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Despite no cost, IRS' Free File option isn't that popular

IRS Free File computer taxpayer

Since its appearance in 2003, around 50 million taxpayers have used Free File.

As the name indicates, this partnership of the Internal Revenue Service and tax software manufacturers known as the Free File Alliance gives most taxpayers the opportunity to do their taxes on their computers and then e-file them at no cost.

But, notes Pro Publica in an article co-published with Quartz, the number of Free Filing taxpayers comes to just around 3 percent of eligible households. That, according to the article by Tik Root, means that folks have spent around $1 billion on tax prep and filing fees that they didn't need to pay.

Why? Pro Publica says the main reason for such sparse participation is that not enough people know about the Free File option.

The search for free filing: Free File is extremely difficult to find, according to the article, which gets this week's Saturday Shout Out. It notes that only one of the Free File Alliance members prominently displays the Free File option on its homepage.

When I first read the piece, my immediate thought was, "That's not right. It's not hard if you go to IRS.gov."

I know Pro Publica et al will argue that my reasoning is biased because I am a part of the tax world and that most people don't regularly visit the IRS' website.

But c'mon. Taxes. Where else would you at least drop in during filing season? There has to be some personal responsibility regarding taxes when you consider home much time people spend online comparing things, say like the price and style of shoes, before they buy.

I do concede, however, that it can take a bit of searching, especially now that we're past the April filing deadline. Even one of the Free File company reps had some difficulty completing the task.

On the online hunt: After reading that, I tried, too, typing IRS.gov into my smartphone's browser.

The mobile friendly site opened up fine, but no Free File link anywhere on the home page. I also checked my laptop, and nope. Not immediately obvious there on that version either.

I tapped the help button at the top of my phone's screen and then scrolled down to the free tax software link. That took me to Free File. It took similar clicks on my laptop after finding the help link at the bottom of the IRS home page.

Of course, the IRS notes that Free File is readily accessible on its IRS2Go app. Perhaps that app tidbit should be on the agency's online home page.

To give the IRS the benefit of the doubt, I've worked digitally for more than a decade, so I know how valuable space on a computer screen is.

I also know that high filing season is over. But millions of taxpayers got extensions to finish filling out their forms and Free File is available to help them do that through that Oct. 15 deadline, so….

Many, and varied, options: One thing I totally agree with is the article's observation that the array of eligibility requirements among the different Free File providers can be confusing.

While the key Free File limit is income, which this year in filing 2017 taxes is $66,000 or less regardless of filing status, the dozen or so tax preparation and e-filing services are allowed to set their own, additional requirements, which vary, for example, by income, age and state of residence.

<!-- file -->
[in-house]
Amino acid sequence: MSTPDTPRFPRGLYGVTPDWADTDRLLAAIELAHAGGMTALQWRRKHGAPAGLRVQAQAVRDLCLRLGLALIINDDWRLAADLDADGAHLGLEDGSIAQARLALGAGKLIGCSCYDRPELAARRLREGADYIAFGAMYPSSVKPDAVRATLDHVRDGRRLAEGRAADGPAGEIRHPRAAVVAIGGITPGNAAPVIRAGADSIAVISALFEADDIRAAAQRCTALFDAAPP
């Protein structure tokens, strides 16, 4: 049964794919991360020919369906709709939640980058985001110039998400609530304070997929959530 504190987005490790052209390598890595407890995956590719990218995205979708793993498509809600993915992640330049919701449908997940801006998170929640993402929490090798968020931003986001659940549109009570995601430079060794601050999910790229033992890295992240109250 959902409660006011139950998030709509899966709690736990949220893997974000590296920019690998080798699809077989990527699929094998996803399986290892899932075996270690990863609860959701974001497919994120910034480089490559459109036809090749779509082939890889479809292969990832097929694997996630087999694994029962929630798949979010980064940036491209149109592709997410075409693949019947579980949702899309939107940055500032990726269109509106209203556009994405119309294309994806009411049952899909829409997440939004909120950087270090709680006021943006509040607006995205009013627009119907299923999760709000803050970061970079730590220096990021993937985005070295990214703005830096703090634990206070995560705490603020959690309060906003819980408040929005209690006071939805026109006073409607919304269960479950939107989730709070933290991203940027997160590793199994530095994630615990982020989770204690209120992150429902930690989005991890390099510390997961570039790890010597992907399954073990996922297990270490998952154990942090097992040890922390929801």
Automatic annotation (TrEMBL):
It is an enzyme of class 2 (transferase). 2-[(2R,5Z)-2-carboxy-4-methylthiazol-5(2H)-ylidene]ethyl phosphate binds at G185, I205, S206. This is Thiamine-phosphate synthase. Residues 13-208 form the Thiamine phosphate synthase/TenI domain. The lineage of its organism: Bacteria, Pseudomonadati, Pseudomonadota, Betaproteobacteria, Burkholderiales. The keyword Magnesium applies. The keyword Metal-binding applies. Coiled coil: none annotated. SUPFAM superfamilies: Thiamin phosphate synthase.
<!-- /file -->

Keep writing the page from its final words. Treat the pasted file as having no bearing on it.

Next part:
But again, people, just take the time to be an educated tax paying consumer. Do your tax comparison shopping among the Free File offerings like you do when you're searching for non-tax products.

If you do that, you could end up saving enough tax money to get those fantastic shoes you spent hours finding online.

Spreading the Free File word: For my part, I'm doing what I can to direct folks to Free File.

You can find several Free File links in my June tax moves list over there in the right-hand column of the ol' blog. One of them goes to my story from back in January about the opening this year of the program. Others take you directly to the IRS or Free File Alliance sites.

I'll be doing the same next year when the program opens for 2018 tax return filing.

If you're inclined to share my pieces or the information directly from the IRS and its Free File partners, please do so.

And yes, in many cases, some taxpayers do need professional help to accurately complete their taxes. In those cases, hire a reputable tax preparer. The paid guidance that tax pros can provide generally will offset the taxes you otherwise would have paid, especially this year with all the Tax Cuts and Jobs Act changes.

Or, if you're cash-strapped, check out your local Volunteer Income Tax Assistance (VITA) and Tax Counseling for the Elderly (TCE) location during filing season.

But if you're among those taxpayers who can file just fine with software, there's no need to pay for it if you qualify for Free File.

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"And yes, in many cases, some taxpayers do need professional help to accurately complete their taxes. In those cases, hire a reputable tax preparer."

^ That is what I was going to say, Kay. Filing by yourself may lead to problems with IRS if you do not know what you are doing. I'm glad you mentioned that it does not replace professional help.

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